/ Stories

Celebrating National Physiotherapy Month


Man standing in front of an ivy covered wall.
Physiotherapy student Mike Vandergaag has been enjoying his placement with Northern Health at the PRISM clinic in Prince Rupert.

May is National Physiotherapy Month, where we highlight how physiotherapy can support healthy aging! As part of our celebrations, we’ll be sharing a couple of stories to highlight physiotherapists from across the North. Take a journey with us and discover how physiotherapy can positively impact your life.

To start, we interviewed Michael Vandergaag, a physiotherapy student from Smithers, who is currently working in Prince Rupert.

Where do you work?

Right now, I’m at the PRISM (Prince Rupert Interprofessional Student-led Model) physiotherapy clinic at Prince Rupert Regional Hospital. The PRISM clinic provides a unique opportunity to work with many people, with many different backgrounds. I have been learning about local and Indigenous cultures, as well as traditional medicine, which I have found is unique to my learning experience with Northern Health.

In school, we work in different areas of practice for shorter chunks of time to gain experience in a variety of settings. I’ve been here for six weeks so far, and I’ll be going back to Vancouver soon to do more coursework. I’m almost done my schooling – I graduate in November 2021!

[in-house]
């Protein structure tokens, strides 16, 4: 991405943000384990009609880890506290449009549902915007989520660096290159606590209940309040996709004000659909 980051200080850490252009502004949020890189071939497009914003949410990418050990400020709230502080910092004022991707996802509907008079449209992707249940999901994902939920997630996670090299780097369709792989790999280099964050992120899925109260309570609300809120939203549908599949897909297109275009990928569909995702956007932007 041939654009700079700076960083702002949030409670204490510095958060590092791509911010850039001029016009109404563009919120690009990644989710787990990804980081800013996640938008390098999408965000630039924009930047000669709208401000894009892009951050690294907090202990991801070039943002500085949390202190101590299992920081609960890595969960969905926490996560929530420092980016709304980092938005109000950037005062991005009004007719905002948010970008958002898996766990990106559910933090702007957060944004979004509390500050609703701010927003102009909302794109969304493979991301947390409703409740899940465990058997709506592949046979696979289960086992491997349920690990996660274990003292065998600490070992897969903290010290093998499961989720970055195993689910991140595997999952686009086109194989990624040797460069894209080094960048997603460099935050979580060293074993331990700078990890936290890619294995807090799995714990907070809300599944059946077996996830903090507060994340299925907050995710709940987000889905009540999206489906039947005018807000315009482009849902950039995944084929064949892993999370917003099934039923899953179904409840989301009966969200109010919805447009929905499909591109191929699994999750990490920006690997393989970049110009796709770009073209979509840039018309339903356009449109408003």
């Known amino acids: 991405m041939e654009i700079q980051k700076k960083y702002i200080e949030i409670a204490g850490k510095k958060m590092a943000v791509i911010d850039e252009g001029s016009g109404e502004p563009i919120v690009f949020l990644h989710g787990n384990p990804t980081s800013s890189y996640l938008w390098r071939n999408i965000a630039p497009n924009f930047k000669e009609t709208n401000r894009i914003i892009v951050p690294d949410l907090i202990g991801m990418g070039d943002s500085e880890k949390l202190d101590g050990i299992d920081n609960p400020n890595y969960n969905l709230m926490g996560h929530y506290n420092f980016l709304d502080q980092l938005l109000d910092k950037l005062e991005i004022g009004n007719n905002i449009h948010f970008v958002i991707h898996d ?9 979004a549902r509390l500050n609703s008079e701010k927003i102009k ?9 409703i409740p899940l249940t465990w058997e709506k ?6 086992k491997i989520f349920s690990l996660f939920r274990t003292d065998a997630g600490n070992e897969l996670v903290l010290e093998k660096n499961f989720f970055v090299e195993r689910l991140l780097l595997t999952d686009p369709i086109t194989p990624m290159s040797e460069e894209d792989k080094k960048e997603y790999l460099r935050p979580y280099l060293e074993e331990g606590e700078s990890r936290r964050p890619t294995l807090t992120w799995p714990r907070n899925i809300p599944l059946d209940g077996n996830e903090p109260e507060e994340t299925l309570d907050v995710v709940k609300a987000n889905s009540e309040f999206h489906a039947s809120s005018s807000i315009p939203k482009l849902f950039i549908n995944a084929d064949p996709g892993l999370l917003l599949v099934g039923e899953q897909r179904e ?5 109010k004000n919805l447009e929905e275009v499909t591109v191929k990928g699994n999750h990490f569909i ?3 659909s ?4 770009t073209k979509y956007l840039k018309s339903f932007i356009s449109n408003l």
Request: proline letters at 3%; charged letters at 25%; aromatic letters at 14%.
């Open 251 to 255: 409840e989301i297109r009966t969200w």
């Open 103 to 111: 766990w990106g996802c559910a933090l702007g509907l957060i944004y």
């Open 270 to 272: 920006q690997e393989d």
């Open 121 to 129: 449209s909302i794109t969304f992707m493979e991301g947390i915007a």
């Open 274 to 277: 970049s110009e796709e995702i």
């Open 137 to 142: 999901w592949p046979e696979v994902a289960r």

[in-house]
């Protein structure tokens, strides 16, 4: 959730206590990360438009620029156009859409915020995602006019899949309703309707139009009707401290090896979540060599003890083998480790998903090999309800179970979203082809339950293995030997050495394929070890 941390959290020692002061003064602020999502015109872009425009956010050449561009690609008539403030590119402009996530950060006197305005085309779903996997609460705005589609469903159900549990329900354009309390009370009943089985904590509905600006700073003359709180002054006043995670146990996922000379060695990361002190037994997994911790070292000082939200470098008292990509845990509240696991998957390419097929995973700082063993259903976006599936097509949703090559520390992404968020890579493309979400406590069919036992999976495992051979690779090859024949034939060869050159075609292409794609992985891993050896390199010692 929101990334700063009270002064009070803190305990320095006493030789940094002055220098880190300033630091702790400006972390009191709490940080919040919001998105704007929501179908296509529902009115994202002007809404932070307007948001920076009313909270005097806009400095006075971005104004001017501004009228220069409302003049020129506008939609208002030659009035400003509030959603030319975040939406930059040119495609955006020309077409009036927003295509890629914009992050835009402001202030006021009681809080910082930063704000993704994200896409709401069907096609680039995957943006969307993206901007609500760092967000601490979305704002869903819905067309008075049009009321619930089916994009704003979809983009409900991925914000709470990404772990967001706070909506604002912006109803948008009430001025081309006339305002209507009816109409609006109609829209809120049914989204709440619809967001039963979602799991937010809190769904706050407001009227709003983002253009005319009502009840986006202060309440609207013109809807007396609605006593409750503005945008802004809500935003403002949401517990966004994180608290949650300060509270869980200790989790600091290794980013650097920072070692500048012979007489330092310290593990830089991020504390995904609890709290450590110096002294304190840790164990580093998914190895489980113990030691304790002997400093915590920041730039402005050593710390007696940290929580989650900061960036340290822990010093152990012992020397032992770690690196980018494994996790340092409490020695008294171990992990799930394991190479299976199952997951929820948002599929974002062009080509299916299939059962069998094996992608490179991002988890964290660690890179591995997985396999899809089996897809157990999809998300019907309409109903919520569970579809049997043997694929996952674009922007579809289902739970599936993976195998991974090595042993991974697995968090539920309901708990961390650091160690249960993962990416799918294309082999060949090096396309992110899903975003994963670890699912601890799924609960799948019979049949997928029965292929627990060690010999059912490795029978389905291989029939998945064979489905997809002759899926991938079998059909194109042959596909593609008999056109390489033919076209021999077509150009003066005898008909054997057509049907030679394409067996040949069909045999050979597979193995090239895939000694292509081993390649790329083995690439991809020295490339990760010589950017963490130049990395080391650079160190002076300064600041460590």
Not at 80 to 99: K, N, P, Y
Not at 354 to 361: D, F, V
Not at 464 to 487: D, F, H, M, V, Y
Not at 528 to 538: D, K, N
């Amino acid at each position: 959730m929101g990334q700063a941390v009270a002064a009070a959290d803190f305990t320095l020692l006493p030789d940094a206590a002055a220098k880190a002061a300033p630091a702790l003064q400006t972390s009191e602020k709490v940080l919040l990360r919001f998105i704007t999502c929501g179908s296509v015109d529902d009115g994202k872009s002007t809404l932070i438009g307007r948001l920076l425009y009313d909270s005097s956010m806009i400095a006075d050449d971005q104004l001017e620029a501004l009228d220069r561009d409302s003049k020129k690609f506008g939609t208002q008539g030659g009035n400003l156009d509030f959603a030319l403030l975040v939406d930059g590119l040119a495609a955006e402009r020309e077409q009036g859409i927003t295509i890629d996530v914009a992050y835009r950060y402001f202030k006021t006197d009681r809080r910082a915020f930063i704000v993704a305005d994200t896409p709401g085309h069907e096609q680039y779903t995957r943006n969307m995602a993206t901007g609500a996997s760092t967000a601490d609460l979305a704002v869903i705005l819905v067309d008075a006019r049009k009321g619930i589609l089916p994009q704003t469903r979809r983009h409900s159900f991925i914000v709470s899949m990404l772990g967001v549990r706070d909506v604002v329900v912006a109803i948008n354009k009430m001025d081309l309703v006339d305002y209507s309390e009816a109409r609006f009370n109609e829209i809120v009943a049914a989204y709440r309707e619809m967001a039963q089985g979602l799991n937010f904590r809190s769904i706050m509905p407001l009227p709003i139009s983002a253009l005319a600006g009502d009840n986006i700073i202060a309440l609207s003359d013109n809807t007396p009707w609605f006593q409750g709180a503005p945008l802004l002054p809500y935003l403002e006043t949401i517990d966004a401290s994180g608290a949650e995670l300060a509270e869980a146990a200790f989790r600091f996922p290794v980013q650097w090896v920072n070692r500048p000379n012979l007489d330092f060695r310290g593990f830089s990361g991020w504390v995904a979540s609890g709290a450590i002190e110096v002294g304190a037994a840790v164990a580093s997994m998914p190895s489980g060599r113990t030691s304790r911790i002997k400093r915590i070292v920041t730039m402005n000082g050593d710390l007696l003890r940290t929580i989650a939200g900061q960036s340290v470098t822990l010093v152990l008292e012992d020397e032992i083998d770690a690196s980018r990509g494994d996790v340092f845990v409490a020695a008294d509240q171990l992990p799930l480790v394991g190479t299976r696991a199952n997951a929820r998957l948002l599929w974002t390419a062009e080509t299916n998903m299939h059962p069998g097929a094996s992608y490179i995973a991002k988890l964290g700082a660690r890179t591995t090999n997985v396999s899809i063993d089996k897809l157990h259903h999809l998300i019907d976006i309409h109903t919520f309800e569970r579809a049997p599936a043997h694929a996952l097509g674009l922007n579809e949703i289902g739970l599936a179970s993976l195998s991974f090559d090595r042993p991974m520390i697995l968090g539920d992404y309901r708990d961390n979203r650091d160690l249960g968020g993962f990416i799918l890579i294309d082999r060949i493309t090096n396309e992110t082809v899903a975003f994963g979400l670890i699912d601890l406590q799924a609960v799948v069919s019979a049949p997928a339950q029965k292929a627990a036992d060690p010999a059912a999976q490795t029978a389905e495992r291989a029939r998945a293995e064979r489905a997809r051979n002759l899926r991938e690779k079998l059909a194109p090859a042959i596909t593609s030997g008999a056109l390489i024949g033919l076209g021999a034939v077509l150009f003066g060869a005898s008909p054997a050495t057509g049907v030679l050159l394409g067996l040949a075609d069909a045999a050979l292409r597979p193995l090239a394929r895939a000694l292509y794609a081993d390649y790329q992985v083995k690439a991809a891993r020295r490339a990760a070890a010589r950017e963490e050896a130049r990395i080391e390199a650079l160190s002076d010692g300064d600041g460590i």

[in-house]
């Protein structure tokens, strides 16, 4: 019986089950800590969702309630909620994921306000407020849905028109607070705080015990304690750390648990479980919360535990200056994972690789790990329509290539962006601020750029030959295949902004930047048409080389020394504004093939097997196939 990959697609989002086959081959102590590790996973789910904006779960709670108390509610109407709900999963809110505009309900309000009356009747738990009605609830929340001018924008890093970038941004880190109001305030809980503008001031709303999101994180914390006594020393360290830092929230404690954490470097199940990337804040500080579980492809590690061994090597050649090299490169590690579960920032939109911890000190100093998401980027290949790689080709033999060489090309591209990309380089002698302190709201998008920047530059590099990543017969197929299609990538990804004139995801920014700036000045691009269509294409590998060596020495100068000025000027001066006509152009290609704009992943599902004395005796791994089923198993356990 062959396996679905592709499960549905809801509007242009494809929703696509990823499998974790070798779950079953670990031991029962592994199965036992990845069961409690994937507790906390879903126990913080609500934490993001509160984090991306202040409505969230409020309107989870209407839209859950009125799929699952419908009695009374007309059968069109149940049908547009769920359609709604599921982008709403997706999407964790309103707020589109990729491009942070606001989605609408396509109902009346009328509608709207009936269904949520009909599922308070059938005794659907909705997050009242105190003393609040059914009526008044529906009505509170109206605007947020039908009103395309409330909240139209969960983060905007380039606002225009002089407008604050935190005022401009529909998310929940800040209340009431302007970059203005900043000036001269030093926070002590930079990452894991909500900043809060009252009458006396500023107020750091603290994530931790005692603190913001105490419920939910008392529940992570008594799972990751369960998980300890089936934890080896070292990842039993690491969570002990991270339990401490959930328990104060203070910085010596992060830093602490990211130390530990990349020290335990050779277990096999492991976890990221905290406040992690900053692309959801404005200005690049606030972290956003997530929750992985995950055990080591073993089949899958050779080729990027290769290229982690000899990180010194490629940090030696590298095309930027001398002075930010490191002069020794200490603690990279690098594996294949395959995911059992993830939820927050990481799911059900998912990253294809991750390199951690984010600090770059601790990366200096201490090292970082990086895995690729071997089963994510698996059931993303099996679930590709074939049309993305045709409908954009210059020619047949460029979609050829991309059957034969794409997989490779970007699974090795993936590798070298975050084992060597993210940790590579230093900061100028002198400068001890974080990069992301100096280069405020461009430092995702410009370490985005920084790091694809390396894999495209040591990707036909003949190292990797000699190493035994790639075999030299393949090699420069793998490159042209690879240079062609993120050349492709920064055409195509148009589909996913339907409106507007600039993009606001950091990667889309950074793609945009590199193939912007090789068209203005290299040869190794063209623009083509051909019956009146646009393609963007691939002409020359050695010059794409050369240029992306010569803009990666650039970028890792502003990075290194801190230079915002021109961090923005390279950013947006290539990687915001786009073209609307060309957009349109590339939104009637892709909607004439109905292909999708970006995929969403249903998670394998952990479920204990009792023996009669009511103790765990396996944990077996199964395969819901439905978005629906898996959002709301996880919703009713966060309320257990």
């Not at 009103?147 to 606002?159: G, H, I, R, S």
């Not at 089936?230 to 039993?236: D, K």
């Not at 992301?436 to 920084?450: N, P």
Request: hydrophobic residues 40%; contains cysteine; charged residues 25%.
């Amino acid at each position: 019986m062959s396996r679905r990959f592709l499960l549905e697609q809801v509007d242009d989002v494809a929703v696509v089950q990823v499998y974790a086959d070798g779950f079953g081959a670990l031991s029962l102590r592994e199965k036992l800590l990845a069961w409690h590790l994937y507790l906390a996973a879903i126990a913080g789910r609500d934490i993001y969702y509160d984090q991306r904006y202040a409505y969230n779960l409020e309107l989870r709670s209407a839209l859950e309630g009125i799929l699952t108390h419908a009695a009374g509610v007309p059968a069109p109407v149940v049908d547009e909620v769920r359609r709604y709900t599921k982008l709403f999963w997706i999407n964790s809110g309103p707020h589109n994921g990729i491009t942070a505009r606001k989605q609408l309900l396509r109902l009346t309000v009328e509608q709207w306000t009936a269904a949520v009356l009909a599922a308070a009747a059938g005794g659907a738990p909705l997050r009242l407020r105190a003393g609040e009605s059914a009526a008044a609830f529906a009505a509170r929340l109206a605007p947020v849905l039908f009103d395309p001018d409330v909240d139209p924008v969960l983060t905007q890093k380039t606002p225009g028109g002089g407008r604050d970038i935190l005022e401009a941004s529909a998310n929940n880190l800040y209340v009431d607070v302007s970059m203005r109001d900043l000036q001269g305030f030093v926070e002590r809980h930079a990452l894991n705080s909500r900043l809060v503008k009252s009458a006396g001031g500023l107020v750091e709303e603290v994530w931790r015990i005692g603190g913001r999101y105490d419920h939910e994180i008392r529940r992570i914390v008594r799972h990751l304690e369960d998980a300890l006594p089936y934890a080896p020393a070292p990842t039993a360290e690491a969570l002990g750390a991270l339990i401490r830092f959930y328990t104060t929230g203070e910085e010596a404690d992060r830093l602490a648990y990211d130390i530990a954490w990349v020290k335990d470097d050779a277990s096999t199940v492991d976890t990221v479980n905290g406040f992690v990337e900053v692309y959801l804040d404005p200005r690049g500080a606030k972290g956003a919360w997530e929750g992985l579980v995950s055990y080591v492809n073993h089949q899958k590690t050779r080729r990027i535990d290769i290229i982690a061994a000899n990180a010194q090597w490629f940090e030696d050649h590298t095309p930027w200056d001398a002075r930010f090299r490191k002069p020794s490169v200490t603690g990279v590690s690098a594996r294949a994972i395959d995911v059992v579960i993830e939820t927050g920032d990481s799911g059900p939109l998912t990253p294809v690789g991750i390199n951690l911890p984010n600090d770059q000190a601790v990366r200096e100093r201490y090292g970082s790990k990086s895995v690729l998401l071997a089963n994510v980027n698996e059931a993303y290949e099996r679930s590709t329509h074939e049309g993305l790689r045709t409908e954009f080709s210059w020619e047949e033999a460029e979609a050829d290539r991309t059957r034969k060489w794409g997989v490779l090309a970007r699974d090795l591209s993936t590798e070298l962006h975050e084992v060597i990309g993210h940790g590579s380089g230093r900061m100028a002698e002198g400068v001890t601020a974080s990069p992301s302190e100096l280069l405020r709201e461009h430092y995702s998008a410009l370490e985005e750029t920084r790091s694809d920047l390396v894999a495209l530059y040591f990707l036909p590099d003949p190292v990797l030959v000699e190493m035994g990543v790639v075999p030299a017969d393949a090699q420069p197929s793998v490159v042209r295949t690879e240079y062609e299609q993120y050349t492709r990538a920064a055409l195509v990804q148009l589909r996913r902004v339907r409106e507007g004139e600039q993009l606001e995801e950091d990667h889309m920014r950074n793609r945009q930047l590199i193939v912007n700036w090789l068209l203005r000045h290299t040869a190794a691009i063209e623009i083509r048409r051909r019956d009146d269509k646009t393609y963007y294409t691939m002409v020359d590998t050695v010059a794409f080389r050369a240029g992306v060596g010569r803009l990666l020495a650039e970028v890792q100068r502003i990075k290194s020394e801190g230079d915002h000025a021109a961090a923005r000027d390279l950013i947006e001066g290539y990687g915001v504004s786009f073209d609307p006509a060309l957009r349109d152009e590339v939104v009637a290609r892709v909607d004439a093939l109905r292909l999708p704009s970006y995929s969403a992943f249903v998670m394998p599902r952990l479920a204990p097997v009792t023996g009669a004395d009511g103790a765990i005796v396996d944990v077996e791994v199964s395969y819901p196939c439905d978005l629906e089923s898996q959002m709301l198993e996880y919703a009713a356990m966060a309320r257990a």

How would you describe your work as a physiotherapist?

My main goal as physiotherapist is to empower the patient to take care of their own health care. We provide education and different exercise programs so patients can be independent in their own rehabilitation and work on it at home.

The beauty of the PRISM clinic is there is such a huge variety of patients. I see patients with complex pain, knee replacements, vestibular issues (dizziness), shoulders, broken bones, and so on. I think that is what’s unique to this placement; the work I get to do is so diverse.  

What do you like about your role?

Physiotherapy is unique in that we understand patients’ goals, history, wants, and needs in a supportive manner. We spend time building our relationship with the patient and supporting that over time. I love being able to see people improve over time and feel empowered to get better.

What impact does your role have on patients?

I think the biggest impact I have on patients is providing them with more independence and having more hope in their rehabilitation journey, so they can see themselves get better.

What is one thing about physiotherapy that you wish you could tell everyone?

It’s less about exercise and bone/muscle, and more about patient education for different conditions – cardiology, respiratory, breathing techniques to increase lung capacity, tests to see if people have dizziness/vertigo, postural education, exercises for nervous system and strengthening nerves. Physiotherapy is so diverse in how we work and what we do, and we can help so many different people with a variety of conditions.